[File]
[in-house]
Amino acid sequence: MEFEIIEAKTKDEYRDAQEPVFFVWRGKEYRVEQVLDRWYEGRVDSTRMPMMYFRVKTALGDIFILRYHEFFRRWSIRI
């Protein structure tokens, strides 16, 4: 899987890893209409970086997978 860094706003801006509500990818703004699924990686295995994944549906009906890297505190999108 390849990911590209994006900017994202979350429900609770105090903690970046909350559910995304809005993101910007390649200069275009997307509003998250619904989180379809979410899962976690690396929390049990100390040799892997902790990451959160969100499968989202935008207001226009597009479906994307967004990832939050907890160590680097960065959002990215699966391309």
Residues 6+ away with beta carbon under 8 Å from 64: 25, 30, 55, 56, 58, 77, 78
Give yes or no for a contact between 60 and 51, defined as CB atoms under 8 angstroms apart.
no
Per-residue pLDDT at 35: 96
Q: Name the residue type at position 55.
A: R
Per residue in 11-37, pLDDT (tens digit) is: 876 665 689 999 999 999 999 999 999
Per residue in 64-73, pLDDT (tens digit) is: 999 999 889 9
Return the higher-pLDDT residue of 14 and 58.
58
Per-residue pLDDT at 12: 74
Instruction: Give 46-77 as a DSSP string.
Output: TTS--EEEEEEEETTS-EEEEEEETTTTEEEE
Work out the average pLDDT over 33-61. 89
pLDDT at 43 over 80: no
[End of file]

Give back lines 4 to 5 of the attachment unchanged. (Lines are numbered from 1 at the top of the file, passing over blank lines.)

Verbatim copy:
Residues 6+ away with beta carbon under 8 Å from 64: 25, 30, 55, 56, 58, 77, 78
Give yes or no for a contact between 60 and 51, defined as CB atoms under 8 angstroms apart.